standing the strong assurances which the man whom we so sincerely love and justly admire has given to the world of the high character of the present King of the French, and which, if sustained to the end, will secure to him the proud appellation of the Patriot King, it is not in his success, but in that of the great principle which has borne him to the throne-the paramount authority of the public will-that the American people rejoice.

I am happy to inform you, that the anticipa tions which were indulged at the date of my last communication on the subject of our foreign affairs, have been fully realised in seve ral important particulars.

All arrangement has been effected with Great Britain, in relation to the trade between the United States and her West India and North American Colonies, which has settled a question that has for years afforded matter for contention and almost uninterupted discussion, and has been the subject of no less than six negociations, in a manner which promises results highly favourable to the parties.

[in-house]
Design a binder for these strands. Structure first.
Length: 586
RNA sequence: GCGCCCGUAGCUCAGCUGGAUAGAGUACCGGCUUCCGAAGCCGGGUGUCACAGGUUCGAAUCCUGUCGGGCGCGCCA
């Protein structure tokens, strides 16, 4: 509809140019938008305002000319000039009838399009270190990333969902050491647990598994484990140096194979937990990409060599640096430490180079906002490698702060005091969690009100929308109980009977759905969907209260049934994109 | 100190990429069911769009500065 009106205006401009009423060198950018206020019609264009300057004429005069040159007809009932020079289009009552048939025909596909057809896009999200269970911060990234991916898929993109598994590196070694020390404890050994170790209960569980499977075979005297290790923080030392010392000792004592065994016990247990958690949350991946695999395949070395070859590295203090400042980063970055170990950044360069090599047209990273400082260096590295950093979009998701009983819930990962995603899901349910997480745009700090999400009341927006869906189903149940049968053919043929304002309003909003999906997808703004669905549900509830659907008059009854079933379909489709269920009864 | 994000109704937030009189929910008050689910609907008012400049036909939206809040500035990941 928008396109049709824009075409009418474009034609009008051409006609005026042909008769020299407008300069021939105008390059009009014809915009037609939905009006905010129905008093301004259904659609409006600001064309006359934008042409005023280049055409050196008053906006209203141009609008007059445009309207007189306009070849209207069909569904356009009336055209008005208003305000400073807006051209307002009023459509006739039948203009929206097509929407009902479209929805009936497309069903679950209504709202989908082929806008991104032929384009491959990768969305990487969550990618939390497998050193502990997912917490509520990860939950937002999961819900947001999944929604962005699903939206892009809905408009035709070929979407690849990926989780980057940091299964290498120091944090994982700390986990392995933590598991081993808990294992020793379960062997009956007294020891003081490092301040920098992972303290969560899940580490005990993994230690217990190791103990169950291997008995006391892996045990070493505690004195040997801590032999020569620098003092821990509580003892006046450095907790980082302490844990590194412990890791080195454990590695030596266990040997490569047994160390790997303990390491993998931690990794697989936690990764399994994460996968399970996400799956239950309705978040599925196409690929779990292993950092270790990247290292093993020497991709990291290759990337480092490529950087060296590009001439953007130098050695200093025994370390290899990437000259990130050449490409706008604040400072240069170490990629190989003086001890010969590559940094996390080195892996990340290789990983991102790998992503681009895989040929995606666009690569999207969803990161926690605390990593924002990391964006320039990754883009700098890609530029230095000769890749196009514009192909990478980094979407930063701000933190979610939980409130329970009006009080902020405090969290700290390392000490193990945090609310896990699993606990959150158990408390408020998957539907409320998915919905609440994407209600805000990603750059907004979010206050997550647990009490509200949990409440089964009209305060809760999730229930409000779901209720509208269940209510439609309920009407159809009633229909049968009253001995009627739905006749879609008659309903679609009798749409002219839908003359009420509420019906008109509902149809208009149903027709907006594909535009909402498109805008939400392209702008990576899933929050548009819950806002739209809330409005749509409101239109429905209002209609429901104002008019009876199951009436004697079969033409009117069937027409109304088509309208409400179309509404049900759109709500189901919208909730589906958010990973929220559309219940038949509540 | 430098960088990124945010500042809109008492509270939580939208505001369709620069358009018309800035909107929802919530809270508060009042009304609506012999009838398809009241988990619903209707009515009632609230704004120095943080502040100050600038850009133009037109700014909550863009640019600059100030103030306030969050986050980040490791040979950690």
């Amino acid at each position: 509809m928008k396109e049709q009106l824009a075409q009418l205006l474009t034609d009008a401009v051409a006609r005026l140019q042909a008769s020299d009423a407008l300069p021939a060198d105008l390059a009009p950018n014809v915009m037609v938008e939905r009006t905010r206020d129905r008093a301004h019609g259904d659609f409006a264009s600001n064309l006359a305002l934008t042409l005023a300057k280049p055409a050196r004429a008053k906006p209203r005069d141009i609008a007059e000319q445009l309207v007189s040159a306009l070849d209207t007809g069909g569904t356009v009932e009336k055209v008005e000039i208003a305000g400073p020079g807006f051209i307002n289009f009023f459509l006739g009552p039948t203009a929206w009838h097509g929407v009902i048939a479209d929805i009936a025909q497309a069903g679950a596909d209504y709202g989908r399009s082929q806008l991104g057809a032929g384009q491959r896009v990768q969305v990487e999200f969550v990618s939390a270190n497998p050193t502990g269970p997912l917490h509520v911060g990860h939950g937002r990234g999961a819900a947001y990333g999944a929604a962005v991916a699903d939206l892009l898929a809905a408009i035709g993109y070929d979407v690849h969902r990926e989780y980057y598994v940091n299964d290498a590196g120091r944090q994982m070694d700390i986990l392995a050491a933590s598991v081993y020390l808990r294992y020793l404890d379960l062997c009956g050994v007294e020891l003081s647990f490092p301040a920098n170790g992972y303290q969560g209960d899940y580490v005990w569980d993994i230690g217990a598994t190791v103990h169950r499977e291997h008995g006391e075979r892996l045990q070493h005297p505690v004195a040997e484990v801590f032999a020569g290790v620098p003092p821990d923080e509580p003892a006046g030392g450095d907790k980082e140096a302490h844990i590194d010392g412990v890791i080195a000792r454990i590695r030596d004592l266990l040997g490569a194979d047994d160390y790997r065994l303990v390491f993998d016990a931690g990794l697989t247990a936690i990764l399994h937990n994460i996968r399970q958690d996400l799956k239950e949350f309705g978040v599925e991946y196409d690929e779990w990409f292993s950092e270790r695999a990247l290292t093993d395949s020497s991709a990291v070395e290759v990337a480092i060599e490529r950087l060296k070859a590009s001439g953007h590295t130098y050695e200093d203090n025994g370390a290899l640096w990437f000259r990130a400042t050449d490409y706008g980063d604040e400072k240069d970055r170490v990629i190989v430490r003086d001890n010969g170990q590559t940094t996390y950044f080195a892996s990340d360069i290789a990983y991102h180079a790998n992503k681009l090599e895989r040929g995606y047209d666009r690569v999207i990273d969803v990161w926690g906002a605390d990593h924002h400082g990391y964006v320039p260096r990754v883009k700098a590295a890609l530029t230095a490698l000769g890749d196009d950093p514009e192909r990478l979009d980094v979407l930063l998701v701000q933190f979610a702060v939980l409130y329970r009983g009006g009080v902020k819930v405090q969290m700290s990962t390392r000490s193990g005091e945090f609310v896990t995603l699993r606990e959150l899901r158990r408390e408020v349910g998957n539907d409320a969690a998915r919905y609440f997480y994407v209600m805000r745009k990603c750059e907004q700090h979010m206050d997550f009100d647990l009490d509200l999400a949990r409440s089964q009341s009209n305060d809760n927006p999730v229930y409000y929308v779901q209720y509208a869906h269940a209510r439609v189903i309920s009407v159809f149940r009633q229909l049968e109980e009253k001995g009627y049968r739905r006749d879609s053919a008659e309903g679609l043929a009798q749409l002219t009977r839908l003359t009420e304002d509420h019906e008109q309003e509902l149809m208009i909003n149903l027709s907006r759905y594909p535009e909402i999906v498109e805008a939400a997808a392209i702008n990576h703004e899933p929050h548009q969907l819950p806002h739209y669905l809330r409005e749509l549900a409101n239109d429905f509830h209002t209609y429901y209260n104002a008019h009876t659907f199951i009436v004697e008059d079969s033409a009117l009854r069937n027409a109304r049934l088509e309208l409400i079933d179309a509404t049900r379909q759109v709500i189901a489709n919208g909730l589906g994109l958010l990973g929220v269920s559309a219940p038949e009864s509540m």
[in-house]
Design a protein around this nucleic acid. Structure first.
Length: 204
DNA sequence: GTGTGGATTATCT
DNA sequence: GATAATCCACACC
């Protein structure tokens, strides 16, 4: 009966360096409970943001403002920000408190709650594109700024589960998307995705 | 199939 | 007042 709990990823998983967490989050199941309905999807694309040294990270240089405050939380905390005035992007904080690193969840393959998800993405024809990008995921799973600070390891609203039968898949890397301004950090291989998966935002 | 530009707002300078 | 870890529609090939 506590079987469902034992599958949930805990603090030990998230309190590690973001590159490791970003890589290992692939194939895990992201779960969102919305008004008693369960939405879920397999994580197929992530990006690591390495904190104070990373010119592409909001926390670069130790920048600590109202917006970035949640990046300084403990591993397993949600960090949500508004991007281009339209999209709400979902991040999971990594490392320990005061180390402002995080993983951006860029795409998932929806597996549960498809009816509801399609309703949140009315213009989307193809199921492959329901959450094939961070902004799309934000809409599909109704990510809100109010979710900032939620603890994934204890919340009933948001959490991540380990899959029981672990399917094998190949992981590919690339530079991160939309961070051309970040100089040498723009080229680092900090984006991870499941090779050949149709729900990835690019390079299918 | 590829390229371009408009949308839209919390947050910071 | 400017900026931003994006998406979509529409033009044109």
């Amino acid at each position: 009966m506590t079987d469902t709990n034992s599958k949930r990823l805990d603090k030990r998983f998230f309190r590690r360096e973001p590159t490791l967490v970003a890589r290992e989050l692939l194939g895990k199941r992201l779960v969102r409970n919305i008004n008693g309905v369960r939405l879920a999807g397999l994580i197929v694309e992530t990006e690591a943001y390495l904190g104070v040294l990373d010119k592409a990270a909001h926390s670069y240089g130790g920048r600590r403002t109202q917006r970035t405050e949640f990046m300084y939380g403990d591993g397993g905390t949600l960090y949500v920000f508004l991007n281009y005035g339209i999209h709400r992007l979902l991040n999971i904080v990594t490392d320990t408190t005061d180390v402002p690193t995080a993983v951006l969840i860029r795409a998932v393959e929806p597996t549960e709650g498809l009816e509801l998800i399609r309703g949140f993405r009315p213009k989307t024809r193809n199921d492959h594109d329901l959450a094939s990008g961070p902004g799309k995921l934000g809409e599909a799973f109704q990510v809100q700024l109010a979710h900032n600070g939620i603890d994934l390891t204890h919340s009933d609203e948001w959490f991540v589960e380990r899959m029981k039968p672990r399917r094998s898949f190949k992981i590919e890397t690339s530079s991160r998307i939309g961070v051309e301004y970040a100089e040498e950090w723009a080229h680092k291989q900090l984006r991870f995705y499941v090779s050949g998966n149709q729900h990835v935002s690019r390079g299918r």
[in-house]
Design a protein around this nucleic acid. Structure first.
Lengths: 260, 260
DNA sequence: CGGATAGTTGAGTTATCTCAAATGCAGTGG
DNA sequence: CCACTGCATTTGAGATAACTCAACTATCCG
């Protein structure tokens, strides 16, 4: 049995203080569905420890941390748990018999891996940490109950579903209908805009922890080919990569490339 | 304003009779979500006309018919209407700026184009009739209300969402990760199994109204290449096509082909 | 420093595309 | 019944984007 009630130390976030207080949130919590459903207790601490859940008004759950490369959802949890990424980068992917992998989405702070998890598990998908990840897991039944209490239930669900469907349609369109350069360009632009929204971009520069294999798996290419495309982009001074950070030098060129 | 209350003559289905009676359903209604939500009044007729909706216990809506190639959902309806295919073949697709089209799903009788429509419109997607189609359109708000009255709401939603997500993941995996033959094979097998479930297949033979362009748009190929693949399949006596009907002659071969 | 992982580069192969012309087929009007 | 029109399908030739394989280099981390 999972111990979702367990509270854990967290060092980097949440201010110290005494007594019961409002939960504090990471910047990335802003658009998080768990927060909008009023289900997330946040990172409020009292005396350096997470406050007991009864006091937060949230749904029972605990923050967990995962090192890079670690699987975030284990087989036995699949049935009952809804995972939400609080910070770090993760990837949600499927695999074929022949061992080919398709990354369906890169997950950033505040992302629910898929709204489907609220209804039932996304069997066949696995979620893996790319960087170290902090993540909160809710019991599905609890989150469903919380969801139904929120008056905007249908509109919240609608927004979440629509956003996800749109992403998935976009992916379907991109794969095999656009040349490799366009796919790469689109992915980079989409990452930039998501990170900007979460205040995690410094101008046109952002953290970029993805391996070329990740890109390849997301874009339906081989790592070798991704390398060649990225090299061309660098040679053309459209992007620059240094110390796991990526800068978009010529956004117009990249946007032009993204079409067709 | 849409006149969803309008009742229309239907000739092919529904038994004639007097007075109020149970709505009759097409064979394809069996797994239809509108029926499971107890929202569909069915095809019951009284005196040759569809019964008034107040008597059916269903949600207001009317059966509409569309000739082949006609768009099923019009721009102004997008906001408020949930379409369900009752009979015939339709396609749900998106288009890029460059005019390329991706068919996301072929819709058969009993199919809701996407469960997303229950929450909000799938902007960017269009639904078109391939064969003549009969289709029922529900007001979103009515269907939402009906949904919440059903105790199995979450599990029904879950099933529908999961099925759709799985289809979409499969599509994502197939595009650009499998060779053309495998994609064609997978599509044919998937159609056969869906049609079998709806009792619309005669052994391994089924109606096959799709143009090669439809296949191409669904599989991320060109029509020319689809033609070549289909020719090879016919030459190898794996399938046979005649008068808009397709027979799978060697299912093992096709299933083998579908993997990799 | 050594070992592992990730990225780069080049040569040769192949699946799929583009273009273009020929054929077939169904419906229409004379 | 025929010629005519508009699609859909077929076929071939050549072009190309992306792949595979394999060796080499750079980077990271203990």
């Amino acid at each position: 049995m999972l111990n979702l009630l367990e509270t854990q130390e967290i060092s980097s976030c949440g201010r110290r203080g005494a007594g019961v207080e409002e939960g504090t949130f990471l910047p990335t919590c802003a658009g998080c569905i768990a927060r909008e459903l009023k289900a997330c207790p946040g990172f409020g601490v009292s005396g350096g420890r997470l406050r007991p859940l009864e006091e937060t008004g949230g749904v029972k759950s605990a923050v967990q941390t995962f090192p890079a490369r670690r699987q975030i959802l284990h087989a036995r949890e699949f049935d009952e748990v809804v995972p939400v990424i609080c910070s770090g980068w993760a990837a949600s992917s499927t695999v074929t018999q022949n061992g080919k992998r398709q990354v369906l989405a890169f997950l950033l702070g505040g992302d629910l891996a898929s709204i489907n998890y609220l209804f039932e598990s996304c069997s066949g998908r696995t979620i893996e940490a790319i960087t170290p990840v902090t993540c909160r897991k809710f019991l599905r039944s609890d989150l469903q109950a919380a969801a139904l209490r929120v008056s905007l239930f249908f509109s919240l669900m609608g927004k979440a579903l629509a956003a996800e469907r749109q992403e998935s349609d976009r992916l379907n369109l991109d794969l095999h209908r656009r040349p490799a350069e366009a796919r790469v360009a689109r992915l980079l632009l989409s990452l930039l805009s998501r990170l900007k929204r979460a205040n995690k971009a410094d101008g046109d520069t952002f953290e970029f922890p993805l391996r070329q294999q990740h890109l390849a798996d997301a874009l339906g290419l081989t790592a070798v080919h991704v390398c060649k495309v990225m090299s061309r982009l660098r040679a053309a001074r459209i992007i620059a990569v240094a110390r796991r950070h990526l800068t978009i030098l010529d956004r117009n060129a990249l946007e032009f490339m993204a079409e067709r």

The abstract right of Great Britain to monopolise the trade with her Colonies, or to exclude us from a participation therein, has never been denied by the United States. But we have contended, and with reason, that if at any time Great Britain may desire the productions of this country, as necessary to her Colonies, they must be received upon principles of just reciprocity; and further, that it is making an invidious and unfriendly distinction to open her colonial ports to the vessels of other nations and close them against those of the United States.